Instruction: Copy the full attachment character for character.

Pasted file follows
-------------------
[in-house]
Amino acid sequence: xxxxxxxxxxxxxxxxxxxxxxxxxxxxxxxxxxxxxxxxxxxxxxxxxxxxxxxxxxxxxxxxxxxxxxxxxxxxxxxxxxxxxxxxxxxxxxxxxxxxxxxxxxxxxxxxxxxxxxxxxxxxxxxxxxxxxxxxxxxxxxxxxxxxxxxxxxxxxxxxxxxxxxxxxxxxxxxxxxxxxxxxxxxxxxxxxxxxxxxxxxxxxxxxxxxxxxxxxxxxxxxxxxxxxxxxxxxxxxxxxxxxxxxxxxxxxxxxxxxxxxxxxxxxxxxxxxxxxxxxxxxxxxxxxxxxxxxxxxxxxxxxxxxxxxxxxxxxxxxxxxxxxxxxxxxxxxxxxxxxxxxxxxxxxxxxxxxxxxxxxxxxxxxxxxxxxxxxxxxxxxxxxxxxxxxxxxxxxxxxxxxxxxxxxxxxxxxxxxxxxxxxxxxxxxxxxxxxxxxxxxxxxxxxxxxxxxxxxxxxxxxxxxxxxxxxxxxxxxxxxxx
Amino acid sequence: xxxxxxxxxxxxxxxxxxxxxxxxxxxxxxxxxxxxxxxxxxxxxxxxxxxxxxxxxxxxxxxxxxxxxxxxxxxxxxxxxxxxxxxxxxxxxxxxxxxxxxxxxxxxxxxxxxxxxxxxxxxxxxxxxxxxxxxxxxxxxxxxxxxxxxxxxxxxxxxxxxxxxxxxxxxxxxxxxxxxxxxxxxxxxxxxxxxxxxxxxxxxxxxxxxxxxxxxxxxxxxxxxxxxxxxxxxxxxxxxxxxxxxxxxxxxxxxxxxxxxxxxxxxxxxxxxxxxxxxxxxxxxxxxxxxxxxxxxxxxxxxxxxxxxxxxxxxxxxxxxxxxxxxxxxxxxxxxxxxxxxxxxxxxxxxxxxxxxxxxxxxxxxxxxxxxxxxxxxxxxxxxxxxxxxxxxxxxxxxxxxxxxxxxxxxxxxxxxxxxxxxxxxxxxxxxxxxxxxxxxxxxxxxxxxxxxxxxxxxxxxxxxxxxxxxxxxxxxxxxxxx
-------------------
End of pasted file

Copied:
[in-house]
Amino acid sequence: xxxxxxxxxxxxxxxxxxxxxxxxxxxxxxxxxxxxxxxxxxxxxxxxxxxxxxxxxxxxxxxxxxxxxxxxxxxxxxxxxxxxxxxxxxxxxxxxxxxxxxxxxxxxxxxxxxxxxxxxxxxxxxxxxxxxxxxxxxxxxxxxxxxxxxxxxxxxxxxxxxxxxxxxxxxxxxxxxxxxxxxxxxxxxxxxxxxxxxxxxxxxxxxxxxxxxxxxxxxxxxxxxxxxxxxxxxxxxxxxxxxxxxxxxxxxxxxxxxxxxxxxxxxxxxxxxxxxxxxxxxxxxxxxxxxxxxxxxxxxxxxxxxxxxxxxxxxxxxxxxxxxxxxxxxxxxxxxxxxxxxxxxxxxxxxxxxxxxxxxxxxxxxxxxxxxxxxxxxxxxxxxxxxxxxxxxxxxxxxxxxxxxxxxxxxxxxxxxxxxxxxxxxxxxxxxxxxxxxxxxxxxxxxxxxxxxxxxxxxxxxxxxxxxxxxxxxxxxxxxxxx
Amino acid sequence: xxxxxxxxxxxxxxxxxxxxxxxxxxxxxxxxxxxxxxxxxxxxxxxxxxxxxxxxxxxxxxxxxxxxxxxxxxxxxxxxxxxxxxxxxxxxxxxxxxxxxxxxxxxxxxxxxxxxxxxxxxxxxxxxxxxxxxxxxxxxxxxxxxxxxxxxxxxxxxxxxxxxxxxxxxxxxxxxxxxxxxxxxxxxxxxxxxxxxxxxxxxxxxxxxxxxxxxxxxxxxxxxxxxxxxxxxxxxxxxxxxxxxxxxxxxxxxxxxxxxxxxxxxxxxxxxxxxxxxxxxxxxxxxxxxxxxxxxxxxxxxxxxxxxxxxxxxxxxxxxxxxxxxxxxxxxxxxxxxxxxxxxxxxxxxxxxxxxxxxxxxxxxxxxxxxxxxxxxxxxxxxxxxxxxxxxxxxxxxxxxxxxxxxxxxxxxxxxxxxxxxxxxxxxxxxxxxxxxxxxxxxxxxxxxxxxxxxxxxxxxxxxxxxxxxxxxxxxxxxxxxx